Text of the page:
What Is Humidity?

What is the definition of humidity? How is Humidity Measured?
What Is Humidity?
  1. Why is it important to know about humidity?

    Humidity is an important thing to understand as it immensely affects the weather, climate, and entire global climate change. It also affects the indoor environments. Hence it is imperative to understand its concept as it could help you decide where to keep your food essentials, books or other things that could get affected by humidity.

  2. What is Humidity?

    Humidity is the amount of water vapour in the air, and a proportion of that water condenses in a constant cycle. When the water evaporates, it rises and disperses into the surrounding air as the gaseous water vapour. Humidity can make hot temperatures unbearable than they already are.

    The more the water evaporates in an area, the higher the humidity of that area will be. Therefore, you might have observed that the coastal areas are much more humid than other areas.

  3. Absolute humidity vs Relative humidity vs Dew Point

    a)  Absolute humidity

    Absolute humidity can be defined as the grams of moisture per cubic meter of air    (g/m3). It can be calculated by dividing the mass of water vapour with the mass of dry air at a given temperature. The hotter the temperature is, the more the water evaporates and more will be the absolute humidity.

    b) Relative humidity

    The relative humidity is the amount of water vapour in the air relative to what air can hold. It can also be said that it is the ratio of the current absolute humidity to the highest possible absolute humidity.

    c) Dew Point

    The maximum amount of water vapour is possible when the air becomes saturated. The saturation of air is entirely dependent on temperature. Dew point is the air temperature, which is indispensable for the water to condense and evaporate at the same rate.
    When the air temperature happens to be lower than the dew point, condensation occurs. If the temperature is higher, it does not allow condensation to occur; instead, it only allows water to evaporate swiftly.

  4. How do we measure Humidity?

    A device named a hygrometer or psychrometer enables to measure the humidity. The basic hygrometer consists of 2 thermometers mounted together with a handle attached to a chain. One thermometer is ordinary, while the other one is equipped with a clock wick over its bulb, also known as the wet-bulb thermometer.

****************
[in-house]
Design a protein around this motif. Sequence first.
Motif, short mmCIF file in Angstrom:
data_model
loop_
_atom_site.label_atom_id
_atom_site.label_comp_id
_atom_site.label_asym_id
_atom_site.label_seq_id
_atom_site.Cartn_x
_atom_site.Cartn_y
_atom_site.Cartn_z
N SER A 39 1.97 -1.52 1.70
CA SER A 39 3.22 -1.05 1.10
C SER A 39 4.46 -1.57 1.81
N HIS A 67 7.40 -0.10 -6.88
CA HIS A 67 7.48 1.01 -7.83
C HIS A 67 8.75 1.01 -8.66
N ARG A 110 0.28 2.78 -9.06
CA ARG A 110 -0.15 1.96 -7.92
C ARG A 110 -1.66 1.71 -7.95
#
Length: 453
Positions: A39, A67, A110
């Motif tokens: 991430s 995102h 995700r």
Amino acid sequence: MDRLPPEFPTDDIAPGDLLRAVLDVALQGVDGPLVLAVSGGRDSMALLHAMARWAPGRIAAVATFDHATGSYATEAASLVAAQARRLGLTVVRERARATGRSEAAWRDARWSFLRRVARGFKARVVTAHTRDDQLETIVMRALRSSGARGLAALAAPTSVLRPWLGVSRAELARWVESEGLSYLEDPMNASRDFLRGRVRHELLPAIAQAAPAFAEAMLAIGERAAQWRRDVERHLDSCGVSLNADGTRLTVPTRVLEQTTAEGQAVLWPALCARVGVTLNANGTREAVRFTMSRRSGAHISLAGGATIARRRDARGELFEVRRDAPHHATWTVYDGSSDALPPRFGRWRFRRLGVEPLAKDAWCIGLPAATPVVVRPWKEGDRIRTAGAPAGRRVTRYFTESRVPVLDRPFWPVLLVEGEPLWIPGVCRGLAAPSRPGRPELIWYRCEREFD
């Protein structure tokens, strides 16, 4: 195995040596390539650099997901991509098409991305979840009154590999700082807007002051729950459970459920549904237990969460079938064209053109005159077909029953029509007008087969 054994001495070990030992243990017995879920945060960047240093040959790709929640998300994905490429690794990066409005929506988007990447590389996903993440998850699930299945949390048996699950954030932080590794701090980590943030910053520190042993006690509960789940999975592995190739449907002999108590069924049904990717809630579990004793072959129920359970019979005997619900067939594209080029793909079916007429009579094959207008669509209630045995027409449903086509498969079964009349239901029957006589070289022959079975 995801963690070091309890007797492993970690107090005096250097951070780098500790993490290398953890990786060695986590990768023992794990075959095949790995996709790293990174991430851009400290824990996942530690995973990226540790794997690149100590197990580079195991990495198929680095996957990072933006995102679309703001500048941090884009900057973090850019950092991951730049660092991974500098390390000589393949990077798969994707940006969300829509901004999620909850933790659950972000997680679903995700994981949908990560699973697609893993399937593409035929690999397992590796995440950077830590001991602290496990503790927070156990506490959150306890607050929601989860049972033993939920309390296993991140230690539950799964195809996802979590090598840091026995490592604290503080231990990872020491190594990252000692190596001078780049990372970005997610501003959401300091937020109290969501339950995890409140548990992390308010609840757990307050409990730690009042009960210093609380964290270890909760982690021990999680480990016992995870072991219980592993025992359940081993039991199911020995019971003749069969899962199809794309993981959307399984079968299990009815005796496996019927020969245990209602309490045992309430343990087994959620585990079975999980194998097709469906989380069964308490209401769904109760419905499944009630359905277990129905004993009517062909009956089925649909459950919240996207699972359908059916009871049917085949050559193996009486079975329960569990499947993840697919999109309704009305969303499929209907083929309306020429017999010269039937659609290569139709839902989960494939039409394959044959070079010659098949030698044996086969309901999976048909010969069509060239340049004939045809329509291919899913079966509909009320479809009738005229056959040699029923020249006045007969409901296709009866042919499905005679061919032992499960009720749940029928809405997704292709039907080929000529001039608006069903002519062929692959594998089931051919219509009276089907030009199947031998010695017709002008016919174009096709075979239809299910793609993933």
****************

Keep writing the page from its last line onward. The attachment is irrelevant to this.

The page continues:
5. How does a psychrometer help to measure relative humidity?

    A psychrometer is attached with two thermometers and also known as a sling psychrometer. The dry thermometer helps to measure the actual air temperature; the other thermometer (wet-bulb thermometer) consists of a wet cloth at its tip. The thermometer lower its reading as the water molecule starts evaporating from the wet bulb’s surface.

    The amount of water vapour in the air is entirely dependent on the rate of evaporation. If the relative humidity is measured at 100%, no water will be evaporated from the wet bulb, and the readings on both the thermometers will be the same. The top is a wet bulb, while the bottom one is a dry bulb thermometer.

  6. Does humidity have any effects on the body?

    It might become unbearable for you and especially your skin if the dew point becomes higher. As your skin might be affected by intense heat, allowing it not to cool as efficiently as when the dew point is lower. This could make your skin lose a considerable amount of moisture. Moreover, the heat is also removed from your body, required to change the water from its liquid state to a vapour state.

    The loss of moisture is directly proportional to the amount of water vaporised in the air. It is one reason why desert regions feel colder to you even with a temperature of 20 degrees F. As in desert areas, your skin tends to lose water at a faster rate, causing your body not to feel the warming effect of higher air temperature.

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